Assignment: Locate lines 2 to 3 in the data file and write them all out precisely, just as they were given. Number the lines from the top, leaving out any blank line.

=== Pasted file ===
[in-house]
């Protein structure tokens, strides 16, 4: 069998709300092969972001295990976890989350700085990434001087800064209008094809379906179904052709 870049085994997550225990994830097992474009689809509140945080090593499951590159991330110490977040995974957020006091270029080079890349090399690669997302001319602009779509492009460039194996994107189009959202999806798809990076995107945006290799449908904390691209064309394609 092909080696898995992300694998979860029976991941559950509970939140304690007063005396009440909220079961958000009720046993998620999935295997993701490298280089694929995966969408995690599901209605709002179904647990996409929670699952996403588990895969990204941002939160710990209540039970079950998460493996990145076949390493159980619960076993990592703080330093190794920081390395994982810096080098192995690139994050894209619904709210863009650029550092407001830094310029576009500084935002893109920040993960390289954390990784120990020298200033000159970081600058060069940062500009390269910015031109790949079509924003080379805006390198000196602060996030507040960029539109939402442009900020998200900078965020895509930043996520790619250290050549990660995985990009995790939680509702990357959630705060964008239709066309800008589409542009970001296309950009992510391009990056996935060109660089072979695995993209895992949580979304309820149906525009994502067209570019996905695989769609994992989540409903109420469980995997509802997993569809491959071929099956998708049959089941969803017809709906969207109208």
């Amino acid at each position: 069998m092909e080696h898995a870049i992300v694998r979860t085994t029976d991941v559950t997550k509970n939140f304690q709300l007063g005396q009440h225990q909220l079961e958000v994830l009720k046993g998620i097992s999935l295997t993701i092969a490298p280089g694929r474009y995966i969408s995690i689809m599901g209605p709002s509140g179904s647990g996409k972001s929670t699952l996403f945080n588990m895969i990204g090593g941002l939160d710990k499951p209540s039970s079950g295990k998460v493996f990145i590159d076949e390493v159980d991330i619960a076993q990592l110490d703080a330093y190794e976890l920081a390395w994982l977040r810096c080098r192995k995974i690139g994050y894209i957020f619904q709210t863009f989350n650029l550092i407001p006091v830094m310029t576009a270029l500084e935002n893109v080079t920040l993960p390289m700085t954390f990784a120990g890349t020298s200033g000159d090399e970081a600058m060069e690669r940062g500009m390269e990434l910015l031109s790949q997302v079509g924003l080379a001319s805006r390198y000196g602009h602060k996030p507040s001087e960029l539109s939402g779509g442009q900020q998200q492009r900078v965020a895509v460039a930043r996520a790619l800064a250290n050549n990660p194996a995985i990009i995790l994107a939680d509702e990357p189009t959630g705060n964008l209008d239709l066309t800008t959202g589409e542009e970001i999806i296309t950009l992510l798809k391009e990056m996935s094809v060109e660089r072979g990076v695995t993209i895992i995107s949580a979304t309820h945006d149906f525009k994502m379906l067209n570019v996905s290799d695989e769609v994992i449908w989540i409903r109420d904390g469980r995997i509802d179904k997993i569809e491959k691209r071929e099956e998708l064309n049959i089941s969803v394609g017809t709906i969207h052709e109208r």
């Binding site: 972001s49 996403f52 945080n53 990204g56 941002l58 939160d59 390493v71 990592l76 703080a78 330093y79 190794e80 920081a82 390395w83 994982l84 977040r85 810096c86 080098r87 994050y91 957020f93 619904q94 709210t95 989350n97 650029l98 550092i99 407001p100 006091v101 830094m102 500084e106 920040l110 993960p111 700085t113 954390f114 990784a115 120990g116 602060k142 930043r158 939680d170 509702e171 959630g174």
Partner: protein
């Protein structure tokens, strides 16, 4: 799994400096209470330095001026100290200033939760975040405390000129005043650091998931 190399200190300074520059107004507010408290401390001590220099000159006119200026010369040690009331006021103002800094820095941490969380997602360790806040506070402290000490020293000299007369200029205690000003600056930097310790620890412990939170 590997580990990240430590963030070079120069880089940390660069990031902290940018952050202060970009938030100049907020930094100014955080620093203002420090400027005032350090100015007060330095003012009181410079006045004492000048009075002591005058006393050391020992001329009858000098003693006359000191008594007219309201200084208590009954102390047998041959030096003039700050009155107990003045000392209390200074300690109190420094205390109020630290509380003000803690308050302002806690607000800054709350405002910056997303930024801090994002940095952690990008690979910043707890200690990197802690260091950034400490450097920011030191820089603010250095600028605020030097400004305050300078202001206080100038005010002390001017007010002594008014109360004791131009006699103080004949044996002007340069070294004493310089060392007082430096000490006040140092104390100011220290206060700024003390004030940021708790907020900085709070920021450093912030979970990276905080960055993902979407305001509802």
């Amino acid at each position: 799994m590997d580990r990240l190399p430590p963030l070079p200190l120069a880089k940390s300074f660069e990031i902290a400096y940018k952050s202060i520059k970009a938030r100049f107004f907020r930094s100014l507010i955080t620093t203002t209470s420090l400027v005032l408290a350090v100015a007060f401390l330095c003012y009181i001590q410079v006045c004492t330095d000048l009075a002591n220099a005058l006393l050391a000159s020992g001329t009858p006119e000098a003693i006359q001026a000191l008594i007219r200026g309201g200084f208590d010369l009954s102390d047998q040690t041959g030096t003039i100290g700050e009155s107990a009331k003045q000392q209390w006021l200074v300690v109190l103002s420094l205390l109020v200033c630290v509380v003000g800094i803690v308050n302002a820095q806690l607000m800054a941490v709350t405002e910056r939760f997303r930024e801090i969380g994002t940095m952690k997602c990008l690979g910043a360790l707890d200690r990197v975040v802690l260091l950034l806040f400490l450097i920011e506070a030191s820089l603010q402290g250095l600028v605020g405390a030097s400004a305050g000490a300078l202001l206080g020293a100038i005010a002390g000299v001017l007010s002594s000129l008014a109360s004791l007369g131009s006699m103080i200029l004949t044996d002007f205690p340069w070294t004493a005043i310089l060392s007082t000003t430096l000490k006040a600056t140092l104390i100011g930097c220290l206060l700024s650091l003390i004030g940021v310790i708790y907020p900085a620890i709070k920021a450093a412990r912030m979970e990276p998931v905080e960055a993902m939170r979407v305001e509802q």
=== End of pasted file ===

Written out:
């Protein structure tokens, strides 16, 4: 069998709300092969972001295990976890989350700085990434001087800064209008094809379906179904052709 870049085994997550225990994830097992474009689809509140945080090593499951590159991330110490977040995974957020006091270029080079890349090399690669997302001319602009779509492009460039194996994107189009959202999806798809990076995107945006290799449908904390691209064309394609 092909080696898995992300694998979860029976991941559950509970939140304690007063005396009440909220079961958000009720046993998620999935295997993701490298280089694929995966969408995690599901209605709002179904647990996409929670699952996403588990895969990204941002939160710990209540039970079950998460493996990145076949390493159980619960076993990592703080330093190794920081390395994982810096080098192995690139994050894209619904709210863009650029550092407001830094310029576009500084935002893109920040993960390289954390990784120990020298200033000159970081600058060069940062500009390269910015031109790949079509924003080379805006390198000196602060996030507040960029539109939402442009900020998200900078965020895509930043996520790619250290050549990660995985990009995790939680509702990357959630705060964008239709066309800008589409542009970001296309950009992510391009990056996935060109660089072979695995993209895992949580979304309820149906525009994502067209570019996905695989769609994992989540409903109420469980995997509802997993569809491959071929099956998708049959089941969803017809709906969207109208």
């Amino acid at each position: 069998m092909e080696h898995a870049i992300v694998r979860t085994t029976d991941v559950t997550k509970n939140f304690q709300l007063g005396q009440h225990q909220l079961e958000v994830l009720k046993g998620i097992s999935l295997t993701i092969a490298p280089g694929r474009y995966i969408s995690i689809m599901g209605p709002s509140g179904s647990g996409k972001s929670t699952l996403f945080n588990m895969i990204g090593g941002l939160d710990k499951p209540s039970s079950g295990k998460v493996f990145i590159d076949e390493v159980d991330i619960a076993q990592l110490d703080a330093y190794e976890l920081a390395w994982l977040r810096c080098r192995k995974i690139g994050y894209i957020f619904q709210t863009f989350n650029l550092i407001p006091v830094m310029t576009a270029l500084e935002n893109v080079t920040l993960p390289m700085t954390f990784a120990g890349t020298s200033g000159d090399e970081a600058m060069e690669r940062g500009m390269e990434l910015l031109s790949q997302v079509g924003l080379a001319s805006r390198y000196g602009h602060k996030p507040s001087e960029l539109s939402g779509g442009q900020q998200q492009r900078v965020a895509v460039a930043r996520a790619l800064a250290n050549n990660p194996a995985i990009i995790l994107a939680d509702e990357p189009t959630g705060n964008l209008d239709l066309t800008t959202g589409e542009e970001i999806i296309t950009l992510l798809k391009e990056m996935s094809v060109e660089r072979g990076v695995t993209i895992i995107s949580a979304t309820h945006d149906f525009k994502m379906l067209n570019v996905s290799d695989e769609v994992i449908w989540i409903r109420d904390g469980r995997i509802d179904k997993i569809e491959k691209r071929e099956e998708l064309n049959i089941s969803v394609g017809t709906i969207h052709e109208r």